The four ‘Survival Family’ of archetypes are common to everyone. The are called ‘survival’ archetypes because they symbolize both our major life challenges, strengths and how we choose to survive.
The four survival archetypes and their primary purpose:
- The Child – responsibility, innocence, authority
- The Victim – personal power, self-esteem
- The Prostitute – faith, negotiation, integrity
- The Saboteur – choice, truth, self-esteem
These archetypes influence how we respond to challenge, how we make choices especially when we are afraid of something or someone. I fondly call them the “Fab Four” because they are rich and powerful archetypes that many people want to disregard at first glance. We don’t go a day without one or all of these archetypal patterns at play in our lives which is one of the many reasons why it’s so important to understand them and their primary purpose.
At first glance many people see just the dis-empowered or shadow aspects of these archetypes so I’ve also listed some suggested archetypes that represent what could be their most empowered state.
Child —> Sovereign
Victim —> Victorious
Prostitute —> Lover
Saboteur —> Alchemist
The Child archetype has many different types and is expanded on in this article: The Child Archetype
The Saboteur can also show up as the inner critic bent on mucking up the works – why? – usually it’s out of fear. Do you ever find yourself examining something or someone to the nth degree in order to find fault sabotaging it in the process? Say “bon jour to le saboteur!” In my experience this is the slipperiest archetype to work with because we can use it to help get clear on a situation but end up over the edge by pulling it to bits. I reference Miranda (the redhead) from Sex In The City as an example of this archetype. She can be fantastic at being overly rational/critical and putting the kibosh on an idea or relationship and by turns be the character that clears away the crap to get to the truth (see “He’s Just Not That Into You” episode).
Films/TV: Greta Garbo in Mata Hari; Angela Lansbury in The Manchurian Candidate; Woody Harrelson in The People vs. Larry Flynt. Judy Holliday in The Solid Gold Cadillac; Cynthia Nixon as Miranda on Sex In The City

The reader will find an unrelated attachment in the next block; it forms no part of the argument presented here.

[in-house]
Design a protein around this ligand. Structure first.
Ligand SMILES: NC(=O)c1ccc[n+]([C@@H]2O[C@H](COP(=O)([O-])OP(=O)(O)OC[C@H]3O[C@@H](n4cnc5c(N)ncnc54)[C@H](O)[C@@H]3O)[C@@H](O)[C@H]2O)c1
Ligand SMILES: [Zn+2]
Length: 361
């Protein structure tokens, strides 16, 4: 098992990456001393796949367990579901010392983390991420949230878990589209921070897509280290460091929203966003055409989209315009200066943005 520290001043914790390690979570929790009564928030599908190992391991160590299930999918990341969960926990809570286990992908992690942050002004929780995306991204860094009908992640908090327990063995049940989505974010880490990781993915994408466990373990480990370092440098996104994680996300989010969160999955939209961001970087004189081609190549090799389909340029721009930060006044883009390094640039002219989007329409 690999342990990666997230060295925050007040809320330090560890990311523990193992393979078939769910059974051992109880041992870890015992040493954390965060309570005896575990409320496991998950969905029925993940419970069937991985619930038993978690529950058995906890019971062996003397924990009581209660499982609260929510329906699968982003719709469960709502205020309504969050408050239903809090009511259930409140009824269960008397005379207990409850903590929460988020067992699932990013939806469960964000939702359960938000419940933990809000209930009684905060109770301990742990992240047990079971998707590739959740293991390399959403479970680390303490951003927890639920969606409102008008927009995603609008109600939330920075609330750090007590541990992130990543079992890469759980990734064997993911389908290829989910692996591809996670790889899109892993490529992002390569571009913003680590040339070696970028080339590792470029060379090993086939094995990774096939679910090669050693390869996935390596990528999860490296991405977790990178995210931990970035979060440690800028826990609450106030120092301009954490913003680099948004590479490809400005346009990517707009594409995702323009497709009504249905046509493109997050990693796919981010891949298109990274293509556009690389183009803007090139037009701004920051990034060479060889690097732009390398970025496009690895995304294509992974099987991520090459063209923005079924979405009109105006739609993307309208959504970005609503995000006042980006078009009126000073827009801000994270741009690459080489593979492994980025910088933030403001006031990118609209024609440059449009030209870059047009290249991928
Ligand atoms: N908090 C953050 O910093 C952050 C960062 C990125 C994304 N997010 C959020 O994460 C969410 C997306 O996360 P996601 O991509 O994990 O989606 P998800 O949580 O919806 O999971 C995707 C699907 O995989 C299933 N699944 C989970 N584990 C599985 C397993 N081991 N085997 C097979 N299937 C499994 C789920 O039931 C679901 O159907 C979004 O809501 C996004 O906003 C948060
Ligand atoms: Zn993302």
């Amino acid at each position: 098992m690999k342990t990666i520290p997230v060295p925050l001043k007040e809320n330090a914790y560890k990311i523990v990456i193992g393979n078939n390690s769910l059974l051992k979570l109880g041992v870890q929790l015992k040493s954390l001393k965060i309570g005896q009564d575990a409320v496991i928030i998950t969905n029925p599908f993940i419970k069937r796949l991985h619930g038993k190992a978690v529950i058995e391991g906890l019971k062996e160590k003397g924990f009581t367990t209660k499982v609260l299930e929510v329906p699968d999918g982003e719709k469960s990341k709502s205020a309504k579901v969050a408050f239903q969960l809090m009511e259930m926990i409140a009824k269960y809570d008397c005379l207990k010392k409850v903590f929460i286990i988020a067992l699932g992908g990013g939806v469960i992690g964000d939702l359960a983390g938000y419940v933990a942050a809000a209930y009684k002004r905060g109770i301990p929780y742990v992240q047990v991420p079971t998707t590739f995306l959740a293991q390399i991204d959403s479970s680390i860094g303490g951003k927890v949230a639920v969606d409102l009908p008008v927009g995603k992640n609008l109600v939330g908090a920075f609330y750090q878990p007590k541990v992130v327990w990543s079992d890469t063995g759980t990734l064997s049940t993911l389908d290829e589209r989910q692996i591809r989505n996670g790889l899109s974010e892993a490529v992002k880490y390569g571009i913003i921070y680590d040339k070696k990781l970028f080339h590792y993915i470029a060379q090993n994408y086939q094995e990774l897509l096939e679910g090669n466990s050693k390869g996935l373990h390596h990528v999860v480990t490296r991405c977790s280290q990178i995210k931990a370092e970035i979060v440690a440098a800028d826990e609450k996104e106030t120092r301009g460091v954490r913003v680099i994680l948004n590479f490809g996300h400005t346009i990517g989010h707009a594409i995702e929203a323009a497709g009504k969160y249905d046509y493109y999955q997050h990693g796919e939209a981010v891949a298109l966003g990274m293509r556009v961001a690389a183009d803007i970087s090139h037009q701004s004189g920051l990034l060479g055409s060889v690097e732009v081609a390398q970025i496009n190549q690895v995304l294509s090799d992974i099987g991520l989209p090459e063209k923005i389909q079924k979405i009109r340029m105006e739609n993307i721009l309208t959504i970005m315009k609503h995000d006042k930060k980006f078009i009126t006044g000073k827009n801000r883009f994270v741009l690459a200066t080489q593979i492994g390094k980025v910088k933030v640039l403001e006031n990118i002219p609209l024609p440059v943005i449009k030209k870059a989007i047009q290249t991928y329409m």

Drama: Amadeus (Salieri) by Peter Schaffer; The Madwoman of Chaillot by Jean Giraudoux.
Religion/Myth: Loki (in Norse myth, a Shape-shifter and Trickster who is crafty and malicious, but also heroic); Eris/Discordia (Greek/Roman goddess of discord, said to have caused the Trojan War); Bamapana (Aboriginal hero-trickster who causes discord and misunderstanding); Serpent (in many cultures, a figure who deceives humans, often sabotaging their only chance at immortality).
Films/TV: Hillary Swank in Boys Don’t Cry; Jodie Foster in The Accused; Meryl Streep in Sophie’s Choice; Glenn Close in Reversal of Fortune; Kim Cattrall as Samantha on Sex In The City; Tom Hanks in Castaway, Sleepless in Seattle and Philadelphia Fiction: Dr. Jekyll and Mr. Hyde by Robert L. Stevenson; Misery by Stephen King.
Drama: Torch Song Trilogy by Harvey Fierstein
Religion/Myth: Isaac (son of Abraham whom God orders Abraham to sacrifice); Heracles (seized by Busiris, mythical king of Egypt who sacrificed all strangers to the gods to avert famine, Heracles avoided being victimized by using his great strength to break his chains and slay Busiris).
Films/TV: Jack Lemmon in The Apartment, Some Like It Hot, Save the Tiger, The China Syndrome, Mass Appeal; Judy Holliday in Born Yesterday; Fred MacMurray in Double Indemnity; Marlon Brando in On the Waterfront; Charlotte on Sex In The City, Cameron Diaz and Toni Colette in In Her Shoes, Nicole Kidman in Moulin Rouge
Drama: The Tragical History of Dr. Faustus by Christopher Marlowe
Religion/Myth: Ochun (Yoruba Orisha of love, marriage, and motherhood, who was forced for a time to become a prostitute to feed her children); Temple prostitutes (in ancient Greece, Rome, Asia Minor, and India, women who engaged in public intercourse as a way of sympathetically activating the energy of fertility).